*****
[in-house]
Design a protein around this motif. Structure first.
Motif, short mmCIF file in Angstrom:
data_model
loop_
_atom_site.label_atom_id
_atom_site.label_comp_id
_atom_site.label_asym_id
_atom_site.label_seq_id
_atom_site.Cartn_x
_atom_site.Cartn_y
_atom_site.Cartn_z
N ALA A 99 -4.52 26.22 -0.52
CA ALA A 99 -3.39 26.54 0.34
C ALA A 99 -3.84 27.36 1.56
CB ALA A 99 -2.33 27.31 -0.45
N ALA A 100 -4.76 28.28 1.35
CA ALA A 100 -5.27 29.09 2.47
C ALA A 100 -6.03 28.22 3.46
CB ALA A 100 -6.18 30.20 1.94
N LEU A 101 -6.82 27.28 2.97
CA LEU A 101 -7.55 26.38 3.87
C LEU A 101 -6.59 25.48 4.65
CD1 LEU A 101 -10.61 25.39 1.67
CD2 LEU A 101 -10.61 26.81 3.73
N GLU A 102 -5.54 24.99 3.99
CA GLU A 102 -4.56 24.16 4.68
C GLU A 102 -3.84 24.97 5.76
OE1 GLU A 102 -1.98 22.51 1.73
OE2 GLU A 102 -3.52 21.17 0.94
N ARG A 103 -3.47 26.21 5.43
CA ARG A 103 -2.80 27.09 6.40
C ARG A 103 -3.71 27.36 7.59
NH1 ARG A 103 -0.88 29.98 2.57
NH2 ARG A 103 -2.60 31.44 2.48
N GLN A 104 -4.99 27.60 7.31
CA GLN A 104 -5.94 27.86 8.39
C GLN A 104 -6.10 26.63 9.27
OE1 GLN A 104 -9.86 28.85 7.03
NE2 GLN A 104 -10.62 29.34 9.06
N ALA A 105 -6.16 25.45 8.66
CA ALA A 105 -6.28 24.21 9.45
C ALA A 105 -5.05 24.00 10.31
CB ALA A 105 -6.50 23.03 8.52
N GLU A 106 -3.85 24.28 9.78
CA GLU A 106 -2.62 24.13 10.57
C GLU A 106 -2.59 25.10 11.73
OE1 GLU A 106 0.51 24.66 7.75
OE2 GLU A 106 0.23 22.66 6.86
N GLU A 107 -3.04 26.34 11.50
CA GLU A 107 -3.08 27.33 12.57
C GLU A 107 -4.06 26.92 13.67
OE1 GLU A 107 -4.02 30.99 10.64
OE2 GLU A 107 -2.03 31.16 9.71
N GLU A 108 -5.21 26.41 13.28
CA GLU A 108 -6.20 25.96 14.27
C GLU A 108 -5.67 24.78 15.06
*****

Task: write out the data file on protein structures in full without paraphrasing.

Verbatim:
[in-house]
Design a protein around this motif. Structure first.
Motif, short mmCIF file in Angstrom:
data_model
loop_
_atom_site.label_atom_id
_atom_site.label_comp_id
_atom_site.label_asym_id
_atom_site.label_seq_id
_atom_site.Cartn_x
_atom_site.Cartn_y
_atom_site.Cartn_z
N ALA A 99 -4.52 26.22 -0.52
CA ALA A 99 -3.39 26.54 0.34
C ALA A 99 -3.84 27.36 1.56
CB ALA A 99 -2.33 27.31 -0.45
N ALA A 100 -4.76 28.28 1.35
CA ALA A 100 -5.27 29.09 2.47
C ALA A 100 -6.03 28.22 3.46
CB ALA A 100 -6.18 30.20 1.94
N LEU A 101 -6.82 27.28 2.97
CA LEU A 101 -7.55 26.38 3.87
C LEU A 101 -6.59 25.48 4.65
CD1 LEU A 101 -10.61 25.39 1.67
CD2 LEU A 101 -10.61 26.81 3.73
N GLU A 102 -5.54 24.99 3.99
CA GLU A 102 -4.56 24.16 4.68
C GLU A 102 -3.84 24.97 5.76
OE1 GLU A 102 -1.98 22.51 1.73
OE2 GLU A 102 -3.52 21.17 0.94
N ARG A 103 -3.47 26.21 5.43
CA ARG A 103 -2.80 27.09 6.40
C ARG A 103 -3.71 27.36 7.59
NH1 ARG A 103 -0.88 29.98 2.57
NH2 ARG A 103 -2.60 31.44 2.48
N GLN A 104 -4.99 27.60 7.31
CA GLN A 104 -5.94 27.86 8.39
C GLN A 104 -6.10 26.63 9.27
OE1 GLN A 104 -9.86 28.85 7.03
NE2 GLN A 104 -10.62 29.34 9.06
N ALA A 105 -6.16 25.45 8.66
CA ALA A 105 -6.28 24.21 9.45
C ALA A 105 -5.05 24.00 10.31
CB ALA A 105 -6.50 23.03 8.52
N GLU A 106 -3.85 24.28 9.78
CA GLU A 106 -2.62 24.13 10.57
C GLU A 106 -2.59 25.10 11.73
OE1 GLU A 106 0.51 24.66 7.75
OE2 GLU A 106 0.23 22.66 6.86
N GLU A 107 -3.04 26.34 11.50
CA GLU A 107 -3.08 27.33 12.57
C GLU A 107 -4.06 26.92 13.67
OE1 GLU A 107 -4.02 30.99 10.64
OE2 GLU A 107 -2.03 31.16 9.71
N GLU A 108 -5.21 26.41 13.28
CA GLU A 108 -6.20 25.96 14.27
C GLU A 108 -5.67 24.78 15.06